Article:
I think it would take me two months to make a screenplay version of JersNW. (If I didn’t use the time to also upgrade the way the documents are structured, which I would do.) It wouldn’t have all the features to help production that Celtx and Final Draft have, but it would be writer-friendly. I often joke that Final Draft is a fine piece of software once you have a final draft – it’s not very good for the actual writing. Celtx seems to want to pursue Final Draft, once again at the expense of the writer.

But all that’s a digression. I really just wanted to ask folks if they knew a better term for ‘group of scenes that comprises a dramatic unit in a screenplay’. It really seems like there should be one.

Bangin’ Out Scenes

My brother sent me a link to a screenwriting contest this morning that looks like it could be pretty cool. One of the best things about this contest is that it can’t eat up a whole lot of my time. That’s the point of the exercise, in fact.

The contest is an elimination tournament of three rounds. For each round the writers are provided a premise, and writers must produce a 3-5 minute scene based on the premise. Only the best go on.

In the first round, participants have a weekend to prepare the scene. The submissions are graded and the top 100 writers advance to round two. The site promises feedback for each entry, but I don’t expect they will have time for anything terribly in-depth. Creativity is 25% of the score, and all over the site writers are encouraged to ‘think outside the box’.

Round two: A new premise for another 3-5 minute scene, and a new deadline. Overnight. The top ten advance.

Round three: Ninety minutes.

The top ten finalists will be judged at the Screenwriting Expo. Actors will rehearse and perform three finalist scenes before the expo audience, in what promises to be a pretty fun event. The winner walks away with a cool three grand and some pretty serious bragging rights.

I’m not sure how many people will be participating, but I will be one of them. It would be fun to make it to the second round, but a lot depends on whether the genius idea strikes at the key moment. I expect the competition will be pretty fierce. I’ll just sit back, relax, and let fly, and hope it sticks. With an entire weekend, the danger is over-editing or trying to do too much. The second round may actually be easier.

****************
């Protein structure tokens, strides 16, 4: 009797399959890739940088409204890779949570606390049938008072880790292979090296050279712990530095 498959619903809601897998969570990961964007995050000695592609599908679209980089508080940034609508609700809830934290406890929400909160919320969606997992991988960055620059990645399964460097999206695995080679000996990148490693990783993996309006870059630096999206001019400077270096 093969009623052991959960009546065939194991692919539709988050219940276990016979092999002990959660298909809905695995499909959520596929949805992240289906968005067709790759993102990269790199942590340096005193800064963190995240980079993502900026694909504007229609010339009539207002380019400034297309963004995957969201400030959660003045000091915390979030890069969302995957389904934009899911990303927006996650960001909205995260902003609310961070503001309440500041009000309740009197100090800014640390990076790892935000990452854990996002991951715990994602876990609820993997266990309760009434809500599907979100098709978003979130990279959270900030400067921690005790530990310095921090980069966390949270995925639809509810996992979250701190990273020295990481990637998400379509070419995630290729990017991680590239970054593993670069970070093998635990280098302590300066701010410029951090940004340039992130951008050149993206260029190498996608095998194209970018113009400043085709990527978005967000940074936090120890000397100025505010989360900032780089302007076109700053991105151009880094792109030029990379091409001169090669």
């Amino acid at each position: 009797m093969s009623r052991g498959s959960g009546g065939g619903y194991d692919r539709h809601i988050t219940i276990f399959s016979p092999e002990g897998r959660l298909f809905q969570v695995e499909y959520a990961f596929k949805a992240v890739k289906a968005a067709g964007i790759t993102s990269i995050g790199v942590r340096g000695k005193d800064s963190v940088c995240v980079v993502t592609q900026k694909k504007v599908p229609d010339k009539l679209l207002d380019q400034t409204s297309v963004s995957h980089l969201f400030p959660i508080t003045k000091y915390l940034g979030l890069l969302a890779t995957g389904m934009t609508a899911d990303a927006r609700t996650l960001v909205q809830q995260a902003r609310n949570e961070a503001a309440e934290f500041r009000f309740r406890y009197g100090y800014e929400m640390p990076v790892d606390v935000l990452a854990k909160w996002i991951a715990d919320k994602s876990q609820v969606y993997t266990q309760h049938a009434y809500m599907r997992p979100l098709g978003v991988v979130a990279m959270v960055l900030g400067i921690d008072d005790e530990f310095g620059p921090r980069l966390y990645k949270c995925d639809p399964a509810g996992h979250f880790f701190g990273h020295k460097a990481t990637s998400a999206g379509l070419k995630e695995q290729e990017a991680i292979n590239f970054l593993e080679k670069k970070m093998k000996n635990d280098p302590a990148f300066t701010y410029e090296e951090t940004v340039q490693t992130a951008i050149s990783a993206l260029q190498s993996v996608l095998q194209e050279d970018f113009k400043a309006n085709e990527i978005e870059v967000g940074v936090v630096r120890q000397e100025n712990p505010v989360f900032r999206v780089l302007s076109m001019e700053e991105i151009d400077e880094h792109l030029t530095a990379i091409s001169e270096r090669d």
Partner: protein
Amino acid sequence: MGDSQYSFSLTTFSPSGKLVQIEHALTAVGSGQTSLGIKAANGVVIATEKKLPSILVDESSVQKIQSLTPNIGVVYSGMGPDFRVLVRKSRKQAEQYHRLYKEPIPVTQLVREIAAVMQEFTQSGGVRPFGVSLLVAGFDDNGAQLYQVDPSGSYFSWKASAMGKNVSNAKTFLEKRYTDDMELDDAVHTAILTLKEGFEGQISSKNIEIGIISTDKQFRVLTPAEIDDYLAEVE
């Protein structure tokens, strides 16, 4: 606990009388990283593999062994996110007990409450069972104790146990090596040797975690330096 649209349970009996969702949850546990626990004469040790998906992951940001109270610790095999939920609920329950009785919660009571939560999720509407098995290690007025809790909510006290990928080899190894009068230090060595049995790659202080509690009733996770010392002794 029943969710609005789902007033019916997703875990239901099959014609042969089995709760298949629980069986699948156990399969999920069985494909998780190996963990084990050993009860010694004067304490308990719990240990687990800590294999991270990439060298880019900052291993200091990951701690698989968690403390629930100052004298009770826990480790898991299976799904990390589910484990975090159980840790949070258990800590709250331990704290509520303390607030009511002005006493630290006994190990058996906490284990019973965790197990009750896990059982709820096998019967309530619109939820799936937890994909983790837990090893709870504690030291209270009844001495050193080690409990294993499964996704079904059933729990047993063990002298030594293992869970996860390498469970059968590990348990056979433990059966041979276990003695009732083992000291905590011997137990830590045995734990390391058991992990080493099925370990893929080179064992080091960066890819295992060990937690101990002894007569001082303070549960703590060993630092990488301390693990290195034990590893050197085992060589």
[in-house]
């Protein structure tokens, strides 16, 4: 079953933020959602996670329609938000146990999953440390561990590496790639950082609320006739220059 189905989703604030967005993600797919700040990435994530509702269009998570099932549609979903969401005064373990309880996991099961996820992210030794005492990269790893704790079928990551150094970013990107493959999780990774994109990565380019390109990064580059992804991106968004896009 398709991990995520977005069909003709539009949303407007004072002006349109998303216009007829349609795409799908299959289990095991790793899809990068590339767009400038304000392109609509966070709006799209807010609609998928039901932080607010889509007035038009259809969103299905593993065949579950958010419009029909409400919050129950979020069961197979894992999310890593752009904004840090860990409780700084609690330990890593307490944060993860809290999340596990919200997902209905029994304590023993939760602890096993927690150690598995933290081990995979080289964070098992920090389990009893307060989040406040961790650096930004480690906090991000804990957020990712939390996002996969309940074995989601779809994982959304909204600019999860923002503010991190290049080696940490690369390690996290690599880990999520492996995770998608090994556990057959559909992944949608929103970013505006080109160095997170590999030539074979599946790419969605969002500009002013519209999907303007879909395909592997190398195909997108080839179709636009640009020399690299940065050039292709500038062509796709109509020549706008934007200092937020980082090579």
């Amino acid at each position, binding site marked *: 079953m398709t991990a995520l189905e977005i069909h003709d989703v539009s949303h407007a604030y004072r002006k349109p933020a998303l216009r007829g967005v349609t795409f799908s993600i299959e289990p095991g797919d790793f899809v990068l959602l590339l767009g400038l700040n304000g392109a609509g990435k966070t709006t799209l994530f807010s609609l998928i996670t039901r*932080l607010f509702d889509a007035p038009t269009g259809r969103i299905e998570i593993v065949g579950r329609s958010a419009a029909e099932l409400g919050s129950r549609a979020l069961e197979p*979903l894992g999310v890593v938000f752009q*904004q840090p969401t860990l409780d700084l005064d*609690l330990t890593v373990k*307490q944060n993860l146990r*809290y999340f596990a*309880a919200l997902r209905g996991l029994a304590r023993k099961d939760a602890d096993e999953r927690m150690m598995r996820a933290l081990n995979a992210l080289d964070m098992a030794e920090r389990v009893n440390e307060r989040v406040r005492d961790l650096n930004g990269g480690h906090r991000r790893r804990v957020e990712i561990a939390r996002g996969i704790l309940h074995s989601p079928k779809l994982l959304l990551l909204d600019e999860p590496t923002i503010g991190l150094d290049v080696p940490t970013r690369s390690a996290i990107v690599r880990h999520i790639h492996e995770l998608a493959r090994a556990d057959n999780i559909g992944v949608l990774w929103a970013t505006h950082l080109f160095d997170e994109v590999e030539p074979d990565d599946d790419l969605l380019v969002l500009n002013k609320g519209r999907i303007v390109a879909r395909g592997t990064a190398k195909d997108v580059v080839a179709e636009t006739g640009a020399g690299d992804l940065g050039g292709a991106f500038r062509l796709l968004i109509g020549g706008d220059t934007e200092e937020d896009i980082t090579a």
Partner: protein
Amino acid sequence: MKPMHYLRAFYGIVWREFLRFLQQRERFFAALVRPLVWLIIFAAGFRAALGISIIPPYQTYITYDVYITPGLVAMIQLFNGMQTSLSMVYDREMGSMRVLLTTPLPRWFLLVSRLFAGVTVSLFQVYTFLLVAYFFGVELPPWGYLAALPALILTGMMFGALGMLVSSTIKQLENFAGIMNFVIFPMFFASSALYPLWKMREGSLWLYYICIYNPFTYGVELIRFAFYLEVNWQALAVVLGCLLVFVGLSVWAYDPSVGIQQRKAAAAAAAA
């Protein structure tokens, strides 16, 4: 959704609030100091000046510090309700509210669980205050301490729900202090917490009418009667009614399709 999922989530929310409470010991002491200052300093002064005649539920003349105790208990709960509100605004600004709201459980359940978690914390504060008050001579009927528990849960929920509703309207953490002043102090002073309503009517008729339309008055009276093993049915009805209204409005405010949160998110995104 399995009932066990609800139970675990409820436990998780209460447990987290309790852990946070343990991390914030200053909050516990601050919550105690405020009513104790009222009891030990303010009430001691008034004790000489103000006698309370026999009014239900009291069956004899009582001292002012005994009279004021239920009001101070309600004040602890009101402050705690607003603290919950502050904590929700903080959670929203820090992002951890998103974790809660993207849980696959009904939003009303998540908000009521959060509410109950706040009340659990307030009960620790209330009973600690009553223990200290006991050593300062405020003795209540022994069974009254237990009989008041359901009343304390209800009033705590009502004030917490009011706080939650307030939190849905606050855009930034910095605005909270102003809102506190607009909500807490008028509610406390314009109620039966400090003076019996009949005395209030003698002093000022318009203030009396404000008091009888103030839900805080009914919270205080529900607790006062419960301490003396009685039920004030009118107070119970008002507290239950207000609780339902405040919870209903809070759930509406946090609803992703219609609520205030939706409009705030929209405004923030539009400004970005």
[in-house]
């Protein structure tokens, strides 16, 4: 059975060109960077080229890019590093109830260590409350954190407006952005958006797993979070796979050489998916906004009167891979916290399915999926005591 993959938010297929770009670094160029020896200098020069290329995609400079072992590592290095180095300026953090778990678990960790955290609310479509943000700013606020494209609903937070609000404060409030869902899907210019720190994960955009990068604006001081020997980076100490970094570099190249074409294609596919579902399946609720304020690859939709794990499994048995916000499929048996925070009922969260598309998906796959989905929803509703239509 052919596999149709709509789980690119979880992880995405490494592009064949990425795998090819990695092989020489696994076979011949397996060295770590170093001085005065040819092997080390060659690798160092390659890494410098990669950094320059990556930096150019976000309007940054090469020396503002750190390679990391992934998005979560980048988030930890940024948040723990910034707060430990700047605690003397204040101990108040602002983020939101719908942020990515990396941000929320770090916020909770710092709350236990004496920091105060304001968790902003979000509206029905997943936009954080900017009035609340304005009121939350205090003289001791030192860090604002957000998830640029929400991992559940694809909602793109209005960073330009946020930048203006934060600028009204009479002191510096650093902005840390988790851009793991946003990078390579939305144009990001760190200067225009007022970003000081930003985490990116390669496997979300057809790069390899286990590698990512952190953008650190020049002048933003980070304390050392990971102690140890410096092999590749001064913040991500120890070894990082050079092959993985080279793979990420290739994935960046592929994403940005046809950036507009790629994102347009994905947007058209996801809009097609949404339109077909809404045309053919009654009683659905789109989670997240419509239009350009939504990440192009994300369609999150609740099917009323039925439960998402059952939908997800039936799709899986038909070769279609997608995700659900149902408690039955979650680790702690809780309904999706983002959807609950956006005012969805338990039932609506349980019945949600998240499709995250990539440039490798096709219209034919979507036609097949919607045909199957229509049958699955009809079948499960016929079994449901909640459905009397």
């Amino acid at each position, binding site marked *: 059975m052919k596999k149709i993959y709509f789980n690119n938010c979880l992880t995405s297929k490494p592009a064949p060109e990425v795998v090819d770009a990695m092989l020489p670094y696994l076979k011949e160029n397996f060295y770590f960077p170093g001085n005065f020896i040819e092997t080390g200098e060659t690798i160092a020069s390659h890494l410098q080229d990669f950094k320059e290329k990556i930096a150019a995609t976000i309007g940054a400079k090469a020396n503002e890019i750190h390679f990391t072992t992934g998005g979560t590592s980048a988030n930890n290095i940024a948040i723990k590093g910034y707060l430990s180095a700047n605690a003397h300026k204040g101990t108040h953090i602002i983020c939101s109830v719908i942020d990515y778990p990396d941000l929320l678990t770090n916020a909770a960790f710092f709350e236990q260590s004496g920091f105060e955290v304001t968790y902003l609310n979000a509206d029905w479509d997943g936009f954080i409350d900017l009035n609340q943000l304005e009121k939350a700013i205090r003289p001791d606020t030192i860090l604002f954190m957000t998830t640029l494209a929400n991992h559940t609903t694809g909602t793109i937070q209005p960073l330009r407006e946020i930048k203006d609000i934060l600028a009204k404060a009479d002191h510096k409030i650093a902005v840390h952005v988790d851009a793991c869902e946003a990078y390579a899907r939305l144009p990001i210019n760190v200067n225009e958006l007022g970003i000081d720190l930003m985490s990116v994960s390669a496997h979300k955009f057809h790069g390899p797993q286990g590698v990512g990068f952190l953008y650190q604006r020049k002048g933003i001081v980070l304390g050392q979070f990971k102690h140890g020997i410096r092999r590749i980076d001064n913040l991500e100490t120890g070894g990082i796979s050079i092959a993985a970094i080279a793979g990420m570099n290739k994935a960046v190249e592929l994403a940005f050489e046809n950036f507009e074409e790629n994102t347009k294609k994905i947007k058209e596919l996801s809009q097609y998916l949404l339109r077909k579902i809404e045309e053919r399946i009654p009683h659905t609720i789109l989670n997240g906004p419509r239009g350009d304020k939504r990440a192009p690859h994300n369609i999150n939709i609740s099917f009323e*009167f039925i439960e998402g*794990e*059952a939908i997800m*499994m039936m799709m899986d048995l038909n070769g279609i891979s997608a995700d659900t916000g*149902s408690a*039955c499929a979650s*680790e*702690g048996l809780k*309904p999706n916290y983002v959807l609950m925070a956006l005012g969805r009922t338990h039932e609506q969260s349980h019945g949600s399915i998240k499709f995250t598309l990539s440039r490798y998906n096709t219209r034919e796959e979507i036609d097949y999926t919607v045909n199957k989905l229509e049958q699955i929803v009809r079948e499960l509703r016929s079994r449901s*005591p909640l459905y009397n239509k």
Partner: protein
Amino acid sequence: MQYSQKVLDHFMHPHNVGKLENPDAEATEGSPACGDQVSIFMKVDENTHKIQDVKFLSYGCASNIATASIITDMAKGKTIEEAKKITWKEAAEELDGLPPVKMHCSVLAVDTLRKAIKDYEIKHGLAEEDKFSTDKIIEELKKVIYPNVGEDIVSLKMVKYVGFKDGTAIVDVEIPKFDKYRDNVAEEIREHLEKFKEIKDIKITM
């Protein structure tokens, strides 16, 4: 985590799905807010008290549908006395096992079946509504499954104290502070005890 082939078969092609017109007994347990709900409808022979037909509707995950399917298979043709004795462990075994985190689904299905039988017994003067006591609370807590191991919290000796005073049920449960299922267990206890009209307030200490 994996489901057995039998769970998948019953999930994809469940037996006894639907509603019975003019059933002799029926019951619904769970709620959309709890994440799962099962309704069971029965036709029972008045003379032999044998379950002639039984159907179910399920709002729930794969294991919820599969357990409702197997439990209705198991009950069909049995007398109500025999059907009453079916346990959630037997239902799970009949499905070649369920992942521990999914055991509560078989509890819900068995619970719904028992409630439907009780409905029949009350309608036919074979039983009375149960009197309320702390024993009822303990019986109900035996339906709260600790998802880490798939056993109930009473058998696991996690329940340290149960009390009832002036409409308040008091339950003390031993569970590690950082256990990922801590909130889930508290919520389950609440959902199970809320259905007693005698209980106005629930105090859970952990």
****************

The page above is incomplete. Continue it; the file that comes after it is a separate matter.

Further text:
I’ll post each of my scenes here, as well. In fact, what the heck — I’ll do the following rounds even if I don’t advance, just for the fun of it, so there will be a total of three scenes here, no matter what the judges say. At the start of each round I’ll echo the premise in these pages, and if any of you care enough you can brainstorm rough ideas how you would treat the premise in the comments. If someone else wants to participate (either officially or as a shadow) I’d be happy to make a page here to share everyone’s results. Let’s make it a party!


The road trip was a success! Two went south, and three came back. In the meantime we saw a not-very-rough rough cut of “this is Awkward”, the latest Brat?i Síg?í production. (Although, I must admit my participation in this one was more limited.)

I must say the cut looked pretty good! Our editor made a decision that was a bit out of the box but worked really well, and the assembled audience laughed out loud often. Perhaps they were an easy crowd since many of them worked on the flick, but much of the laughter was genuine. I was among the laughers.

Between screenings of “This is Awkward” the old classic “Pirates of the White Sand” played (an edit I had not seen before), and also pulled in its share of chuckles and guffaws. Overall, it was a successful evening for our little production.

The trip back north included the other half of the Seeger Bros., who is visiting here in San Jose for a few days. Maybe we can put together a movie!

Could it be? Another road trip already!

Yep, tomorrow we load up the other car for a trip back down to Los Angeles. The event: a screening of This is Awkward, a series of four very short films directed by fuego, and executed by an assemblage of film professionals. You might have heard about it somewhere. My sweetie and I starred in one of them, and it was a hoot! Another one is based on a story I wrote and adapted for the silver screen (which was then re-adapted to the circumstances of the location). I’ve heard interesting stories about the other scenes as well.

So, if you’re in the LA area on Tuesday, June 23rd, I’d love to see you at the premiere! Things start at 3 p.m. and will continue from there. Drop me a line if you want directions.